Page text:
A few weeks ago, we wrote an epic post explaining everything you need to know about Peer to Peer Lending. We gave an amazing outline of what peer to peer lending is and how it works, for both investors and borrowers. But today, we are going to focus entirely on Investing with Peer to Peer lending.
Investing with Peer to Peer Lending
Is Peer to Peer Lending a Good Investment?
The most important question about investing with peer to peer lending is whether or not it’s a good investment. That’s a tough question to answer, and has a lot of variables. The better question is whether it’s a good investment for you.
If you are a beginner investor, I’d say no, it’s not a good investment for you. Check out our amazing Beginner’s Guide to Investing for some better options. In the same vein, if you only have a small amount of money to invest, Peer to Peer investing isn’t the best place to put it. Check out this post on Vanguard’s Total Market Fund for an idea of where you should put your money if you don’t have a lot to invest.
When is it a Good Investment?
You might be thinking that investing with peer to peer lending is a bad idea after I warned newer investors away. But that’s not the case. It’s not a bad investment, and it’s not a scam.
Peer to Peer lending is a great idea for experienced investors looking to diversify away from stocks. It’s also a great idea for people with a little bit of extra money to invest who want to help others out.
Can you Make Money with Peer to Peer Lending?
The point of any investment is to make money, right? So of course you can make money with peer to peer lending. Some investors have boasted about returns of over 10% – though I don’t think that’s typical.
Keep in mind that just like any investment, there is risk involved. There might be years with negative returns, or even years with positive returns that don’t beat the stock market. I’ve heard tale of those 10% returns, but my returns have been between 2-3%. That is better than returns on a traditional savings account, but way worse than returns on my Vanguard ETF.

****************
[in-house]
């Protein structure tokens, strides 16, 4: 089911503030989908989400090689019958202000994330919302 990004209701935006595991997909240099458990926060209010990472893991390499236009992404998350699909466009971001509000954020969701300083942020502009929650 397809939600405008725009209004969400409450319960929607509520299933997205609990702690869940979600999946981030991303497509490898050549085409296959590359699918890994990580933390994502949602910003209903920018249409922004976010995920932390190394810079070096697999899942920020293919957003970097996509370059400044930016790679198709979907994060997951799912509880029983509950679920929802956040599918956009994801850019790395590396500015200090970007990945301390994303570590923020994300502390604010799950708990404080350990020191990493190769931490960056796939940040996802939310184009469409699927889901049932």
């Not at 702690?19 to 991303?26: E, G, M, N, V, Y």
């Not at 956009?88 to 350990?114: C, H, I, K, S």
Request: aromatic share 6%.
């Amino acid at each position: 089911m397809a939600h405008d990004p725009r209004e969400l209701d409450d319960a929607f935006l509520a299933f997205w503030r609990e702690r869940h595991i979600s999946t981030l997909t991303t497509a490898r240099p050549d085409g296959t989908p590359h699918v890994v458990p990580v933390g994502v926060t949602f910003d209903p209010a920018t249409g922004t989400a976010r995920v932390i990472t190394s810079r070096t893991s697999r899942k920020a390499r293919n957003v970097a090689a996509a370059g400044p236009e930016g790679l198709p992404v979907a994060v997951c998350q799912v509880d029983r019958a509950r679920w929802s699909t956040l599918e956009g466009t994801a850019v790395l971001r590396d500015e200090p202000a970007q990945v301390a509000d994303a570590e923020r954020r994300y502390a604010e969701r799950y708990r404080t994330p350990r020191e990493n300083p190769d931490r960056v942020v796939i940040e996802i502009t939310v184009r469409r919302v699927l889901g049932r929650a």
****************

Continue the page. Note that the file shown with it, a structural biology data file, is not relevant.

What is the Risk?
The risk with peer to peer lending is that borrowers default. Some of the people who borrow on peer to peer lending platforms do so because they don’t have a lot of other borrowing options, or they have maxed out on their credit cards. They may be higher risk for defaulting than borrowers seeking loans through traditional lending sources. The interest rates reflect the level of risk, so you have higher returns – if the borrow doesn’t default.
Over the course of the past few years, returns on peer to peer lending investments have been lower than stock market returns. Of course, past performance is no guarantee of future results, so it’s possible that could change at any time, especially with a recession looming. Nobody knows which sectors will be hit the worst by the next recession, so diversification is always a good idea.
What is the Best Peer to Peer Lending Site for Investors?
Lots of blog posts will list quite a few sites for investing with peer to peer lending, but after doing tons of research I realized that there are really only two good options. The most well known is Lending Club, but Prosper is also a great choice.
Lending Club had a much better marketing team. I always thought it was the original peer to peer lending platform, but as it turns out Prosper started a year before it did. Lending Club boasts returns of between 4 and 7 percent on their website, while Prosper advertises average returns of 5.1%.
The platforms are fairly similar. They both give you the option to either chose your own notes or set up automatic investing. In my opinion, automatic investing is better because you can set it an forget it. When I first used Lending Club, I didn’t set up automatic investing, and then I forgot about my account for a few years. When I finally remembered and logged back in, my money was just sitting there doing nothing. Set it and forget it can be nice sometimes.
The only advantage I can see to one over the other is that Lending Club is available in more states. For a full comparison between the two platforms, check out this awesome post by Investor Junkie.